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Vermont artist Janet McKenzie has committed her life's work to creating paintings that celebrate all people, particularly African Americans and women. In 1999 her painting Jesus of the People won the National Catholic Reporter’s competition for a new image of Jesus. McKenzie subsequently received worldwide attention, both negative and positive, for her unconventional interpretation. Jesus of the People and 12 other works by McKenzie will be included in the exhibition Holiness and the Feminine Spirit: Paintings by Janet McKenzie. The title of the exhibition comes from a recently published book Holiness and the Feminine Spirit: The Art of Janet McKenzie (Maryknoll, NY: Orbis Books, 2009), featuring reflections on McKenzie’s work by 28 well known writers including; Joyce Rupp, Joan Chittister, and Diane Butler Bass, theologian Elizabeth A. Johnson, art critic Sr. Wendy Beckett, best-selling novelist Ann Patchett, social activist and writer Helen Prejean, feminist Chung Hyun Kyung, Presiding Bishop Katharine Jefferts Schori of the American Episcopal Church, racial justice advocate Anita Baird, and others. Essays from the book will be presented in the exhibition alongside the corresponding paintings.
Two of McKenzie’s paintings (Jesus of the People and Epiphany), recreated in stained glass by Oakbrook Esser Studios of Oconomowoc, Wisconsin, will be included in the exhibition Let There be Light: Stained Glass and Drawings from the Collection of Oakbrook Esser Studios, which will be on view simultaneously with the McKenzie exhibition.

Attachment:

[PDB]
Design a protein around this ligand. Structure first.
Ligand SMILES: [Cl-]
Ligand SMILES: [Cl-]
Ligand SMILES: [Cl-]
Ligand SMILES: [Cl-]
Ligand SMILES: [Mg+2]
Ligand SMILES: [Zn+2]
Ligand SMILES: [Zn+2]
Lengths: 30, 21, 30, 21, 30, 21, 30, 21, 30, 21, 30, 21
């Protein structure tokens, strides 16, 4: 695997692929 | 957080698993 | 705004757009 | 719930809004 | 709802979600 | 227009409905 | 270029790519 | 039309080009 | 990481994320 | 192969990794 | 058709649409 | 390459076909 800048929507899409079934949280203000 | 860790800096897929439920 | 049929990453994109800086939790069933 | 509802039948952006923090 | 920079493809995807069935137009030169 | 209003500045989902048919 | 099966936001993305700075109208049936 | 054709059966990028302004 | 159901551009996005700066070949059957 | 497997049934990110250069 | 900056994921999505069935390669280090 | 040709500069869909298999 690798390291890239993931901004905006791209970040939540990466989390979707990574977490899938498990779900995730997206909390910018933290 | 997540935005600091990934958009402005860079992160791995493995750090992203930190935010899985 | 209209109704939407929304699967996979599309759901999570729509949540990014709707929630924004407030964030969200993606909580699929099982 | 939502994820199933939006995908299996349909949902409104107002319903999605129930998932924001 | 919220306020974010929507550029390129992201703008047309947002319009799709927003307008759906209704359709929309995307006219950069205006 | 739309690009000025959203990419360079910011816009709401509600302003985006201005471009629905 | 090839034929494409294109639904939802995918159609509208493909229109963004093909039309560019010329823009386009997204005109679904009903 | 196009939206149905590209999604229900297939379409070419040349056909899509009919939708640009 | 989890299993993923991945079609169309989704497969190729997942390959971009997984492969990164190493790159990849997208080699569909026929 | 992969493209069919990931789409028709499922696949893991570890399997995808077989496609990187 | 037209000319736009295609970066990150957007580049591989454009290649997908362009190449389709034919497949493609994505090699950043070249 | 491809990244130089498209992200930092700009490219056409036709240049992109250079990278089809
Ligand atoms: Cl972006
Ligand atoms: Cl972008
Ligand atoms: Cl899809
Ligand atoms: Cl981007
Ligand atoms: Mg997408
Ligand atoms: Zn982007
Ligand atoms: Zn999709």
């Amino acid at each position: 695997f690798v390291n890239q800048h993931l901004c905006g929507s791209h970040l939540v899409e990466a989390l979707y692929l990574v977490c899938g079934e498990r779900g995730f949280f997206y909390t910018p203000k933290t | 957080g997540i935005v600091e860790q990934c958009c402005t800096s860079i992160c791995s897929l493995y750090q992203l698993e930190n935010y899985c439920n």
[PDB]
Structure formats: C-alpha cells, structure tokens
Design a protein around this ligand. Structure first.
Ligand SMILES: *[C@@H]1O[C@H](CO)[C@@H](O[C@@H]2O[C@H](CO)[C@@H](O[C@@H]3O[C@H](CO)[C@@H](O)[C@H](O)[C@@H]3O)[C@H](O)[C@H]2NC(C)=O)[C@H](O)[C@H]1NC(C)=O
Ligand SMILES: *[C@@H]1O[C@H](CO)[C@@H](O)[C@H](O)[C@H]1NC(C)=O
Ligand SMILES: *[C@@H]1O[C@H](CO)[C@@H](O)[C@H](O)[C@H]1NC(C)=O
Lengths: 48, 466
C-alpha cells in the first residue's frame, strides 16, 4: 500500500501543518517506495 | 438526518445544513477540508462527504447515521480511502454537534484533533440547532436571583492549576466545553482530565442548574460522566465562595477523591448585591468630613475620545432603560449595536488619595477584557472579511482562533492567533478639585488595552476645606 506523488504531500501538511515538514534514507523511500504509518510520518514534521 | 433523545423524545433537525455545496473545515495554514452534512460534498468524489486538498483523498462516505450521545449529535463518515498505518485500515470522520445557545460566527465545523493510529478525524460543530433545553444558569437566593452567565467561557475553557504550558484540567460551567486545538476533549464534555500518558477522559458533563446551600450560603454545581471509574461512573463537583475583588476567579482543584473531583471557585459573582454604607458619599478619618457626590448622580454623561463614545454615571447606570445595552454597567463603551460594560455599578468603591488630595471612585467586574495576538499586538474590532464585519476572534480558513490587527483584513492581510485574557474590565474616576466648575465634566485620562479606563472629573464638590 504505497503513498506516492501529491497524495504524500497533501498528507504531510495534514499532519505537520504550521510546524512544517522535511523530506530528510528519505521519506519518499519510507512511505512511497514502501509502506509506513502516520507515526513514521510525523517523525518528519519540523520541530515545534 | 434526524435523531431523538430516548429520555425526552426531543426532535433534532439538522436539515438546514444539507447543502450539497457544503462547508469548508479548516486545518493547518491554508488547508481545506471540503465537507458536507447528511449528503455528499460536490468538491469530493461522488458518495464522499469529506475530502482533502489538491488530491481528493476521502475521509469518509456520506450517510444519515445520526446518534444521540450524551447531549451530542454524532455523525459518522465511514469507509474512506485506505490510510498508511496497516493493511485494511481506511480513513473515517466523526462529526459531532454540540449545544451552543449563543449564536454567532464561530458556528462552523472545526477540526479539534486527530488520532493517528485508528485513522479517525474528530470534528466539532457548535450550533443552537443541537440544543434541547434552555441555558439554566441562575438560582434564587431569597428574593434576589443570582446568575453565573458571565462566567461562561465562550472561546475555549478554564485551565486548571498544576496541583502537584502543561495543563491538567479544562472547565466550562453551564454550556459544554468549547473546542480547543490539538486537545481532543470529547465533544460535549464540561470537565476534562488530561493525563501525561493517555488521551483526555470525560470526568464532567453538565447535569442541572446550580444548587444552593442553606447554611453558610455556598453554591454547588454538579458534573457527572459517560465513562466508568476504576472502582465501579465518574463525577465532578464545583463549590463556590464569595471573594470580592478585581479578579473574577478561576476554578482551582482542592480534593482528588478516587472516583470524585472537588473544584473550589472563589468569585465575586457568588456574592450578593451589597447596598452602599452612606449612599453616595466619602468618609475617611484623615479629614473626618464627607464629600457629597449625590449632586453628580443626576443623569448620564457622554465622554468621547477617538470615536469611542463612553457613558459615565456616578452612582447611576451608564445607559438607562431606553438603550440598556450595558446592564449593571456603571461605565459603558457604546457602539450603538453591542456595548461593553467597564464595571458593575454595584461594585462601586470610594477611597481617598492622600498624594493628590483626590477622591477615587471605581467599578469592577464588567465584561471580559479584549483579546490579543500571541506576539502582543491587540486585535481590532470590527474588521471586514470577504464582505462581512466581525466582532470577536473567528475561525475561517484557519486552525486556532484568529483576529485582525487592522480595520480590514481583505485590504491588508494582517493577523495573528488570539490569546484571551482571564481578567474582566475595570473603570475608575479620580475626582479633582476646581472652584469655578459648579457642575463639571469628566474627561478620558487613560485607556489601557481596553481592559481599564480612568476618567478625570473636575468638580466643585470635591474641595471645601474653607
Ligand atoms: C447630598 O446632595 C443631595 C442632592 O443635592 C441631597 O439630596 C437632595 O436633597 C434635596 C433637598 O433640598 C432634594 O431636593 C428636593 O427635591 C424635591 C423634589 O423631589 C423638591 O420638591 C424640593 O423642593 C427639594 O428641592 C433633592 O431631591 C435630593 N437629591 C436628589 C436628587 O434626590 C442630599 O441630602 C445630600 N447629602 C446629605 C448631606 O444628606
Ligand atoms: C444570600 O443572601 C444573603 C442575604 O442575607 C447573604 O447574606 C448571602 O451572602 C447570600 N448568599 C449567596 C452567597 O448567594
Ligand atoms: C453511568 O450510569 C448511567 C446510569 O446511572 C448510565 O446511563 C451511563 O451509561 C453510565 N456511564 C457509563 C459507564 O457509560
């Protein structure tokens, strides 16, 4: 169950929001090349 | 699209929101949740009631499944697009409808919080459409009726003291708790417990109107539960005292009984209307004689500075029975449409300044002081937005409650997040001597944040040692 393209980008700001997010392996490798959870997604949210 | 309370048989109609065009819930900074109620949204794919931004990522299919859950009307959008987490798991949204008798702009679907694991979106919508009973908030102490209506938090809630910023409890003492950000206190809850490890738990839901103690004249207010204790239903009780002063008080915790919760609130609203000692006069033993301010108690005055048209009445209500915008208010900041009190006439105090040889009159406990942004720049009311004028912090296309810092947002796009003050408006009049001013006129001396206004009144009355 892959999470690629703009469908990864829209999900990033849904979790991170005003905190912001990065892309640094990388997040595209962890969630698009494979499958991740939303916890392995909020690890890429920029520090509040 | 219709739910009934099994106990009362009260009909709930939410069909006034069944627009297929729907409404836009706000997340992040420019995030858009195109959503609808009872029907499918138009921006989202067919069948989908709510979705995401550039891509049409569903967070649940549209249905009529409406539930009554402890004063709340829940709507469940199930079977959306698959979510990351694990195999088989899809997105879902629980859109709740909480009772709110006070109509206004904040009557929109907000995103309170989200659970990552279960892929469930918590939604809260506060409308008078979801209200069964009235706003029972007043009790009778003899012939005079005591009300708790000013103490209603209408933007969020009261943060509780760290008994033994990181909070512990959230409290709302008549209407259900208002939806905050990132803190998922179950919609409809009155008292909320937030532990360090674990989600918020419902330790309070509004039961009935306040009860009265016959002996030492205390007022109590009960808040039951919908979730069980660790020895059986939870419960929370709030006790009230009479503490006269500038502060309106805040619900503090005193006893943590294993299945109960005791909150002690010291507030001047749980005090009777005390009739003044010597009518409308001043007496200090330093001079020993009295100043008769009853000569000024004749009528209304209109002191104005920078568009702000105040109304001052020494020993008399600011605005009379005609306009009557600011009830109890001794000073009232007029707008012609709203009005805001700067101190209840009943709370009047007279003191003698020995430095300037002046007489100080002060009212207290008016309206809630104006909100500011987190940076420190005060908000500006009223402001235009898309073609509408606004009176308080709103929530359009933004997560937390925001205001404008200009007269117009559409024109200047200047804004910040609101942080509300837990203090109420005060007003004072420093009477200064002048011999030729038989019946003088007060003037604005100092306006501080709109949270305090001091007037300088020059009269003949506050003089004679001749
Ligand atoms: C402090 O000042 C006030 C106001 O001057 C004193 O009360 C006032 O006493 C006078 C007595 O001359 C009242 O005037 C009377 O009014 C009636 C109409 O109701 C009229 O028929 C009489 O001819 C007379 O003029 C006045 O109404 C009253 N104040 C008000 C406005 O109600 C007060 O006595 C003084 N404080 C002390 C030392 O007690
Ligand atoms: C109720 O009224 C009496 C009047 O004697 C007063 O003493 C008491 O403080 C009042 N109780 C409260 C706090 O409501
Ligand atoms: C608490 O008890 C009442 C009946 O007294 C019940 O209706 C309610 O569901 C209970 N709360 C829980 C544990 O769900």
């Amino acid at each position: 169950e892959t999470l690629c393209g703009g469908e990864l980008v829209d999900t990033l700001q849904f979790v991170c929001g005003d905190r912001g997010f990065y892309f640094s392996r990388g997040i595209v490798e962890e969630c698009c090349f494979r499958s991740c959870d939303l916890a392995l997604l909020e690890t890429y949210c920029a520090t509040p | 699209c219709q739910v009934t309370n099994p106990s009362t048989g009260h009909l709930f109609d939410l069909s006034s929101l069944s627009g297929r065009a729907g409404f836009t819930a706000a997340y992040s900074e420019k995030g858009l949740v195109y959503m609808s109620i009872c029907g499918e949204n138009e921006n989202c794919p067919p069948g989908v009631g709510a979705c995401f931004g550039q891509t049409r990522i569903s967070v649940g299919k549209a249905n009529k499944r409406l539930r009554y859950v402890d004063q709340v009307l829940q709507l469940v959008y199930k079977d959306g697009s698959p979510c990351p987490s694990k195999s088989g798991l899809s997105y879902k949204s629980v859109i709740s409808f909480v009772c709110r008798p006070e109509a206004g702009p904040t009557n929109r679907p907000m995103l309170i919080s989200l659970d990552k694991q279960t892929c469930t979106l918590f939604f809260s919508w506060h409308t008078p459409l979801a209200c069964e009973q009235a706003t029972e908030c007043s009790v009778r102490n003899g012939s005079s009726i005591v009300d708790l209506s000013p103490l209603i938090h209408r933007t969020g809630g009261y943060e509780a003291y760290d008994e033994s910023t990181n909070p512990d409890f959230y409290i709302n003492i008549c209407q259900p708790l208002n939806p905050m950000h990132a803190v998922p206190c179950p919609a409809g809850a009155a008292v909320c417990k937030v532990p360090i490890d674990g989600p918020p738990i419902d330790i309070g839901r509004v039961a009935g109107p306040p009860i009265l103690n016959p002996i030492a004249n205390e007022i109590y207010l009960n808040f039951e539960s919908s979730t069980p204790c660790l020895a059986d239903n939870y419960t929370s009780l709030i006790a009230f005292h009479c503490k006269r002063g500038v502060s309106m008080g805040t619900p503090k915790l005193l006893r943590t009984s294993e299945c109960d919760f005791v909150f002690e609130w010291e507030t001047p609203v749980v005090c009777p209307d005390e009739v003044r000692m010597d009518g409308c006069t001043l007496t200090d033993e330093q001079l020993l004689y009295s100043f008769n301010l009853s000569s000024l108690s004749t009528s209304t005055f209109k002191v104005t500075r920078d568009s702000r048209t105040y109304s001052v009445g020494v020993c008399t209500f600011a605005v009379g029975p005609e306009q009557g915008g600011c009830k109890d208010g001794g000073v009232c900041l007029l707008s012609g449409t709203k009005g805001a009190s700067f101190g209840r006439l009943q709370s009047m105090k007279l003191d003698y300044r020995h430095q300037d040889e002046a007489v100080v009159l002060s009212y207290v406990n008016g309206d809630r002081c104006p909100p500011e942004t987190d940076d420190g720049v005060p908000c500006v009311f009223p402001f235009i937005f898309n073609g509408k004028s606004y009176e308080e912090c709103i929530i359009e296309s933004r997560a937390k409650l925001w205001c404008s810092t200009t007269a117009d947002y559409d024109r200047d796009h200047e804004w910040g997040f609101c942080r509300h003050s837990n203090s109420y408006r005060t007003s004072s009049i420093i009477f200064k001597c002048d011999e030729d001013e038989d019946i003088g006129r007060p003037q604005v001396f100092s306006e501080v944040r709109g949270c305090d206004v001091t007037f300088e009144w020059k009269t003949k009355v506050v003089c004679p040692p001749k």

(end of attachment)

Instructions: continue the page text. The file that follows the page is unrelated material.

This exhibition and related programs are made possible through funding from the Marquette University Andrew W. Mellon Fund and the Emmett J. Doerr Endowment Fund.
Wednesday, September 1
Opening/gallery walk-through of Let There be Light and Holiness and the Feminine Spirit with Paul Phelps, owner of Oakbrook Esser Studios and Janet McKenzie, artist
Book signing with Janet McKenzie and reception to follow
Wednesday, October 6
Anita Price Baird, D.H.M.
Creating a Vision of a Post-Racial World
Anita Baird is the founding director of the Archdiocese of Chicago’s Office for Racial Justice, which oversees the Archdiocese’s initiatives to eradicate racism in its structures and institutions. Sister Anita wrote an essay about Janet McKenzie’s painting Madonna and Child-Boundless Love that appears in the book Holiness and the Feminine Spirit: The Art of Janet McKenzie (Maryknoll, NY: Orbis Books, 2009).
The lecture will take place at the Law School in the Appellate Court Room, located on the main floor, just off of the lobby. Reception to follow in the museum.
All programs are free, open to the public and take place at the Haggerty Museum of Art, unless otherwise noted.